Home Open Thread: Is China Really Threatened by U.S. Social Media?

Open Thread: Is China Really Threatened by U.S. Social Media?

There’s no doubting the impact of social media on our day-to-day lives in 2010. In the western world, most big brands have Facebook and Twitter accounts nowadays, many TV journalists “write a blog” about their beat every day, and services like YouTube are widely consumed. However it’s the rise of social media as a tool for social activitism that has really brought these technologies to the fore. Sometime over the past year, it reached the point where some governments became threatened by social media and started cracking down on it. China has been the most high profile example recently.

But does the Chinese government really care about Facebook, Twitter and YouTube as much as we in the west think they do?

Comment Highlights:

  • Joel: China “will restrict the foreign original and support a more easily regulated domestic alternative.”
  • Gabriela: “While it is true that there are Chinese alternatives, those sites are not nearly as open.”
  • key: “China govt blocks websites not according to their popularity, but to their degree of freedom.”

One of the breakthrough moments for Twitter came in June 2009, when people in Iran used Twitter to protest the country’s election results. This gave Twitter a lot of exposure in western mainstream media. But more than that, other countries where democracy is tenuous sat up and took notice.

The Chinese government started to view social media services as a way for “subversive” citizens to cause trouble. The New York Times recently reported that a January 24 editorial in People’s Daily, the Communist Party of China’s official newspaper, blamed “online warfare launched by America, via YouTube video and Twitter micro-blogging” for sowing discord amongst the Iranian people. China currently blocks prominent U.S. social media sites like Facebook, Twitter and YouTube.

However, it’s arguable how important those services are to Chinese citizens. As digital consultant Wei Wang guest blogged on ReadWriteWeb in November, “every social media category has a Chinese equivalent that is tuned to the particular needs of the mainland Chinese market.”

Kaiser Kuo, a leading commentator about the Chinese Internet market, gave us further context in a comment on an August 2009 article on ReadWriteWeb:

“Yes, there are some Chinese who use Facebook, Twitter, and other social media services that have been blocked in China. But the overwhelming majority of people interested in SNS will use, say, QQZone, or Xiaonei (recently rebranded Renren), or the very popular SNS Kaixin001, or 51.com. Youtube is blocked, but long before that Youtube was a distant also-ran in the Internet video race, far behind sites like Youku.com and Tudou.com. Microblogging sites like Jiwai.de, Fanfou, and Zuosa — all of which, lamentably, are now out of service in the aftermath of Urumqi — all boast(ed) user numbers that dwarf the number of Twitter users in China.”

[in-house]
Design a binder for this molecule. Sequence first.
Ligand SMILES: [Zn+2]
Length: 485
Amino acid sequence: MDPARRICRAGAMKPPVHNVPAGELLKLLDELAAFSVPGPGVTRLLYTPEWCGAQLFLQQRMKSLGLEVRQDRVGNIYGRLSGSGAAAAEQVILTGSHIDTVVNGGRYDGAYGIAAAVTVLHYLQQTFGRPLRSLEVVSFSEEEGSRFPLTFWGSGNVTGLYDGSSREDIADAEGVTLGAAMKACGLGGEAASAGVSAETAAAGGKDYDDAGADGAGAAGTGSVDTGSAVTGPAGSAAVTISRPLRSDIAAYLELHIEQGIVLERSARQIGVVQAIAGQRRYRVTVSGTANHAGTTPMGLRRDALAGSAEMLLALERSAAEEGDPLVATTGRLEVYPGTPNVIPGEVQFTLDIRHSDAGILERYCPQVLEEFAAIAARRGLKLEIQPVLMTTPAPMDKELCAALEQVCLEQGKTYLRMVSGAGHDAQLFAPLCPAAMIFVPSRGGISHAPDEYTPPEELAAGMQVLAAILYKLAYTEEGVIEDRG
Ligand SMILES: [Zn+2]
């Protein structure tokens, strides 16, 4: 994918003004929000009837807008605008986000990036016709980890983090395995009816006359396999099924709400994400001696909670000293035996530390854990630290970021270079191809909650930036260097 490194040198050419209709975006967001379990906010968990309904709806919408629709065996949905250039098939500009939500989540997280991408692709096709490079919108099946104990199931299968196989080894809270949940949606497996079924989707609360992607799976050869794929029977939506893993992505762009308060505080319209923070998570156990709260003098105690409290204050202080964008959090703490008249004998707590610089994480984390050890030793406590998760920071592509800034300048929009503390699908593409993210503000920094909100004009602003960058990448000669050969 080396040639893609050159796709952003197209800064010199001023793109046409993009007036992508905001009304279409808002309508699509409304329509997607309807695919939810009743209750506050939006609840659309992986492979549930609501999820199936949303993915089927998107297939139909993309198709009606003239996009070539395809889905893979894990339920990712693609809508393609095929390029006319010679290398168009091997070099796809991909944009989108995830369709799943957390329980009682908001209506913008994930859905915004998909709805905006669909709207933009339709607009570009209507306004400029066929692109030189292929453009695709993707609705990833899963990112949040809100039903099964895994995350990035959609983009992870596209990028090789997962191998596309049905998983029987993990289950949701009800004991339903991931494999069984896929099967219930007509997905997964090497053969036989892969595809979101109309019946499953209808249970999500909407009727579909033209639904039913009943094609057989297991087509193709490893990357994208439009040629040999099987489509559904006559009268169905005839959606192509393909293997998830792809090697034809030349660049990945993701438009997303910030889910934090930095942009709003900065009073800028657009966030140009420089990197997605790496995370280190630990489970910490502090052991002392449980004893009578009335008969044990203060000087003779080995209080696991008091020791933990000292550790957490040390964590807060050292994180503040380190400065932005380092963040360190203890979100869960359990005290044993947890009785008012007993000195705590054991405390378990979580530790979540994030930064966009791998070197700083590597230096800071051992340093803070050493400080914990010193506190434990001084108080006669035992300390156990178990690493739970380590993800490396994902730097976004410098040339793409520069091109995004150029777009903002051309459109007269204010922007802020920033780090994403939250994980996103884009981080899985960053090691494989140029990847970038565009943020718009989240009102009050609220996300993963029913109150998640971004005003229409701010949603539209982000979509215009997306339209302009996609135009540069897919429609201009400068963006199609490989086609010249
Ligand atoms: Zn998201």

It’s clear that the Chinese government really is threatened by the rise of social media, because those services give citizens a voice in media – and that voice can potentially reach a global audience.

But let’s be realistic: how much of a threat to freedom of speech is banning Twitter in a country where other types of social media are much more popular anyway.

What do you think – are we in the West making too much of an issue of China banning Twitter, Facebook and similar social media sites? Just because they’re popular with us, doesn’t mean they’re as popular (and therefore dangerous) in a country like China. Are we over-reacting to the Chinese government’s moves against U.S. social media?

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The ReadWrite Editorial policy involves closely monitoring the tech industry for major developments, new product launches, AI breakthroughs, video game releases and other newsworthy events. Editors assign relevant stories to staff writers or freelance contributors with expertise in each particular topic area. Before publication, articles go through a rigorous round of editing for accuracy, clarity, and to ensure adherence to ReadWrite's style guidelines.

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